New Windsor plans to alter impact fee language NORTHWEST -- Taneytown * Union Bridge * New Windsor * Uniontown

August 11, 1993|By Traci A. Johnson | Traci A. Johnson,Staff Writer

New Windsor will amend its ordinance governing impact fees because the town's interpretation of the law has not been consistent with the law's wording.

"What they [the Town Council] have to do at the next meeting is amend the ordinance so it reads the way the spirit of the law really is," said Mayor Jack Gullo. "It should read the way we have been putting the law into practice."

The ordinance dealing with impact fees in town currently reads that a $450 fee is paid for each "single-family dwelling unit."

The town has been interpreting that to mean "per lot," Mr. Gullo said.

After it is amended, the ordinance will make the fee apply to "each single-family dwelling unit or the equivalent to a single-family unit."

The wording of the ordinance was scrutinized when Mr. Gullo and the Town Council wanted to give the county school system a break on the impact fees it will pay to build the new middle school in town.

But no one knew how big the break would be.

The Town Council voted during the monthly council meeting Aug. 4 to decrease the fee by half and charge the school system $225 for each lot it uses. The school has the option of building on 57 lots, Mr. Gullo said.

If all lots are used, impact fees would amount to $25,650.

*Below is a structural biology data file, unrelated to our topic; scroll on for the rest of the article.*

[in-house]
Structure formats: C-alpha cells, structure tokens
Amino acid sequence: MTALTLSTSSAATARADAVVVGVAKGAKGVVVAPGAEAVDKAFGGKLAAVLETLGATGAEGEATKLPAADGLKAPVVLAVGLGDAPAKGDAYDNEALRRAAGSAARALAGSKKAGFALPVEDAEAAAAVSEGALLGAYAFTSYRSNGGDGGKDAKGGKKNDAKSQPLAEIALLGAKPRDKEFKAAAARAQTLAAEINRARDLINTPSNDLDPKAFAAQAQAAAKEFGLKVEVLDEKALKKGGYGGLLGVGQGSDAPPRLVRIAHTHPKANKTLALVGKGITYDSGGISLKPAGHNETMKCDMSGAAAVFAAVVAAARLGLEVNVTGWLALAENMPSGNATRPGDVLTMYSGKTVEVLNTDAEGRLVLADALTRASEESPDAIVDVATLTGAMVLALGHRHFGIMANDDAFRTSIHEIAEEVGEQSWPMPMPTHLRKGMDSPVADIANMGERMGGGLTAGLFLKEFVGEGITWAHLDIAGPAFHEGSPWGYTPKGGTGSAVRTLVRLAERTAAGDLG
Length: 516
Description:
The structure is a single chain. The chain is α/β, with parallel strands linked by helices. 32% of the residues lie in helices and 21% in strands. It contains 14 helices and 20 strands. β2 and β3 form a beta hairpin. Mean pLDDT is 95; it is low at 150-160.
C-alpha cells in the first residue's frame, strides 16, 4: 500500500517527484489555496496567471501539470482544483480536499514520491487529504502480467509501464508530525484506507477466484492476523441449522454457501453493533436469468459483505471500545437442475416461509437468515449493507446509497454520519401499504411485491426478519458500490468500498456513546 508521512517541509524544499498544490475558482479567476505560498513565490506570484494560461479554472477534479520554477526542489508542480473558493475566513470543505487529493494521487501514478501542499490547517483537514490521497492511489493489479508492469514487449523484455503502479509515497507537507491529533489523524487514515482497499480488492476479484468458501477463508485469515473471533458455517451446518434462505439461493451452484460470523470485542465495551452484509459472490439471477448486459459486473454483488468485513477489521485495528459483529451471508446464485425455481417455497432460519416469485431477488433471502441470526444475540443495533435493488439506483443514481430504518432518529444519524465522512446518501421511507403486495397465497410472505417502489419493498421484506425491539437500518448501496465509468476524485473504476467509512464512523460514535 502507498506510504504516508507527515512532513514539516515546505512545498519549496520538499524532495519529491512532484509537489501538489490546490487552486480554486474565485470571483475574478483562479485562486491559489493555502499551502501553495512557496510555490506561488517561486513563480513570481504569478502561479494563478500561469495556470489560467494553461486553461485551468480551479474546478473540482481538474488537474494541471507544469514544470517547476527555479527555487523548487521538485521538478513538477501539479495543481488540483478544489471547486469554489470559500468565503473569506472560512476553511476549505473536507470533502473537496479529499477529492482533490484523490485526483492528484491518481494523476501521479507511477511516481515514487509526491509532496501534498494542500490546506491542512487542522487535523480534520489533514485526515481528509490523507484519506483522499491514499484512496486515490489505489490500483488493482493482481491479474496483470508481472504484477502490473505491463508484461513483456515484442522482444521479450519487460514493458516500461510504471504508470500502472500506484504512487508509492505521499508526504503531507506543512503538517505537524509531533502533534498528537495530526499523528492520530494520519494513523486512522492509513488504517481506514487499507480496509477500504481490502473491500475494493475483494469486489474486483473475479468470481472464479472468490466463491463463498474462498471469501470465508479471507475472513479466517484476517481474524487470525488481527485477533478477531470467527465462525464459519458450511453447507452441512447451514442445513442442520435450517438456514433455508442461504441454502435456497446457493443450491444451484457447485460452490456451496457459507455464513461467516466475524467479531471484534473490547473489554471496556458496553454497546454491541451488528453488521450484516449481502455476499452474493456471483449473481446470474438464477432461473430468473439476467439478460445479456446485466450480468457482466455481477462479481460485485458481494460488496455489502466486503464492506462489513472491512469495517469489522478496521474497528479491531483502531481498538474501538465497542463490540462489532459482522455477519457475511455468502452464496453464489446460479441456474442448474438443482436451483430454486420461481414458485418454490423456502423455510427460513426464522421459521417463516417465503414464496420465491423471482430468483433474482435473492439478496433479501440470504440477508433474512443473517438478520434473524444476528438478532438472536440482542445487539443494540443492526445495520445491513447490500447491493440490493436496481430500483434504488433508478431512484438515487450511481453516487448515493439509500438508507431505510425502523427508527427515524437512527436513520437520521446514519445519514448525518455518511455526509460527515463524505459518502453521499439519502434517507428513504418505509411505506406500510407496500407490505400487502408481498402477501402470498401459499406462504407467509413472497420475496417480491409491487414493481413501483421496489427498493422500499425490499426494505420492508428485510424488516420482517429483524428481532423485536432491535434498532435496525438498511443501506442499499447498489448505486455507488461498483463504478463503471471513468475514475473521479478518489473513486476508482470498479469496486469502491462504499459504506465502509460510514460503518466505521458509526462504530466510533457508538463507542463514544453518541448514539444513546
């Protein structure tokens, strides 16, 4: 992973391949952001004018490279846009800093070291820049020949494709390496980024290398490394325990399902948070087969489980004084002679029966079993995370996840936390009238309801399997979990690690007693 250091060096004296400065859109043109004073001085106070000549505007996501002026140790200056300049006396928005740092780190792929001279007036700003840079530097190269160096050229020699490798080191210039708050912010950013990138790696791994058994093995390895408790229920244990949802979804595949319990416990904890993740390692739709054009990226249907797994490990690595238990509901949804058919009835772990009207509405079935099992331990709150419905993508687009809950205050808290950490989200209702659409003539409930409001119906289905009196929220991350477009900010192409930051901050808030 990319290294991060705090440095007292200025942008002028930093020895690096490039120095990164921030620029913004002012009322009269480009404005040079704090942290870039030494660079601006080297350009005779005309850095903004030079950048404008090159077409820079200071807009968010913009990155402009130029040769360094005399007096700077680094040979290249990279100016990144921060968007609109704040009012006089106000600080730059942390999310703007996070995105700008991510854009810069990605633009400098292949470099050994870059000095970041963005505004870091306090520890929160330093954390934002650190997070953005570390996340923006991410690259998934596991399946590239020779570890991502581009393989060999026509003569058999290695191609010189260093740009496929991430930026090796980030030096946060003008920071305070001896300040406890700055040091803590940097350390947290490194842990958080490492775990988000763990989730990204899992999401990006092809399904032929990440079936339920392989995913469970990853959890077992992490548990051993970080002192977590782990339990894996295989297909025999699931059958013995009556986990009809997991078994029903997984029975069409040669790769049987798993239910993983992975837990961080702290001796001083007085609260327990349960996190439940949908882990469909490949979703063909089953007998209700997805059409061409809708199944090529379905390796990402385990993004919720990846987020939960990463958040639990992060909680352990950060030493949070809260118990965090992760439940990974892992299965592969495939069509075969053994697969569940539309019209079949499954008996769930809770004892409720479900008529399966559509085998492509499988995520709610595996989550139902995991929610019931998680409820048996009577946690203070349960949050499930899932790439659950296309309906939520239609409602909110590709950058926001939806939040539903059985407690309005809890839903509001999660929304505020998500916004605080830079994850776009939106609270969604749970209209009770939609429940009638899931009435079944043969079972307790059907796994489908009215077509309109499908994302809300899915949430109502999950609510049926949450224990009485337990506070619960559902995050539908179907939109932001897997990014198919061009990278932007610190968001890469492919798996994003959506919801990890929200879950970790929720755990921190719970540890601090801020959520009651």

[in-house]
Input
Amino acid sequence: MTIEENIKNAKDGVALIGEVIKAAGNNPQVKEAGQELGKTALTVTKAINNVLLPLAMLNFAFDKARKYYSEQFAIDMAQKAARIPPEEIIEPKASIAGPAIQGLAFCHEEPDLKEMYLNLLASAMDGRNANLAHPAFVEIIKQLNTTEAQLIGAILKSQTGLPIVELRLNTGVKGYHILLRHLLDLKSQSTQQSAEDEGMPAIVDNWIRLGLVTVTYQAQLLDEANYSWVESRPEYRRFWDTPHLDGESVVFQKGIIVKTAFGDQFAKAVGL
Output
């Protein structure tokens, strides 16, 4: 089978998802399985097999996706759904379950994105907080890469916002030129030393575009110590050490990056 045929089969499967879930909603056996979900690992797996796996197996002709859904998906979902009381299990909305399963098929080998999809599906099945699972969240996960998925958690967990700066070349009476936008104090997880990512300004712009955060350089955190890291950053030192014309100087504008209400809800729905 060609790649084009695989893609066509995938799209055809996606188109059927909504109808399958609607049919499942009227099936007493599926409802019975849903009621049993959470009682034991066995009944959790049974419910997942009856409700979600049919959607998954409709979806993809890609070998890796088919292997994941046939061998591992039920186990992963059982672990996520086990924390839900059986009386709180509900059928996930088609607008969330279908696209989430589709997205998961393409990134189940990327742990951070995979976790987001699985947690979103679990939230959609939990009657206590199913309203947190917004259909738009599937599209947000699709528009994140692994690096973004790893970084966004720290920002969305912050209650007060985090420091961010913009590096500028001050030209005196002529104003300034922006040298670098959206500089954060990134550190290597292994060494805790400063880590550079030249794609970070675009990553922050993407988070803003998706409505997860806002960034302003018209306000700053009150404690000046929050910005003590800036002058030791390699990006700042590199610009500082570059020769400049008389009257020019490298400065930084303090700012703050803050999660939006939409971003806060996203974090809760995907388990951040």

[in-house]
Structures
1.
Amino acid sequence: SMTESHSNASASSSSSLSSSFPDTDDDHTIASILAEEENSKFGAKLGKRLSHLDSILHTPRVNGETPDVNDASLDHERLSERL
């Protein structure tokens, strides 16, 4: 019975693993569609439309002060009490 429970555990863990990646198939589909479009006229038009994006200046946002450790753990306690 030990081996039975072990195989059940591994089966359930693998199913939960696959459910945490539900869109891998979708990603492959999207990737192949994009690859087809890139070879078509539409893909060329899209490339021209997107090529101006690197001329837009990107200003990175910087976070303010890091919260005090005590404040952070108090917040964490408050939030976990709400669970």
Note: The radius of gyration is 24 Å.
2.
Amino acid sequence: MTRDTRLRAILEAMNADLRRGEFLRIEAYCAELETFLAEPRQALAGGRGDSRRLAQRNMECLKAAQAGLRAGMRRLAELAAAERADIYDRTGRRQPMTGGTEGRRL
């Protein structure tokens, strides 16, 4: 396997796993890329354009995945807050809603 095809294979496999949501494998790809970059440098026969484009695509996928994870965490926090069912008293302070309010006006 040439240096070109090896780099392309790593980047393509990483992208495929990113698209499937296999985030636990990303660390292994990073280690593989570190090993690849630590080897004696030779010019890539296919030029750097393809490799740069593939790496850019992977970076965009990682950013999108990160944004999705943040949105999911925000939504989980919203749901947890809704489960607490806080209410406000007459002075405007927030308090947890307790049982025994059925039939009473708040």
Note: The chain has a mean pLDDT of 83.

With the resolution, the school system will save $12,825.

But after the vote, Atlee Ridge Developer Mike Sponseller said he thought the fee was applied to each building. If he was right, the town could charge the school system only $450 -- or $225 under the new resolution.

"Once he [Mr. Sponseller] brought that up, the general feeling seemed to be, 'Well, hey, since it's only for the one building, let's hike it back up to $450,' " Mr. Gullo said.

"When I made my pitch, I was under the impression that it was per-lot," he said.

Mr. Gullo said it doesn't matter to him which way the impact fees are calculated. He called the attempt at reducing the amount the county has to pay in impact fees a cooperative gesture on the town's part.

"We never worked the impact fees for the school into the calculations [for expected impact fee revenues for roads and schools] anyway," Mr. Gullo said.

Mr. Gullo said he hopes the changes will be made in time to be presented at the next meeting Sept. 1.

Baltimore Sun Articles
Please note the green-lined linked article text has been applied commercially without any involvement from our newsroom editors, reporters or any other editorial staff.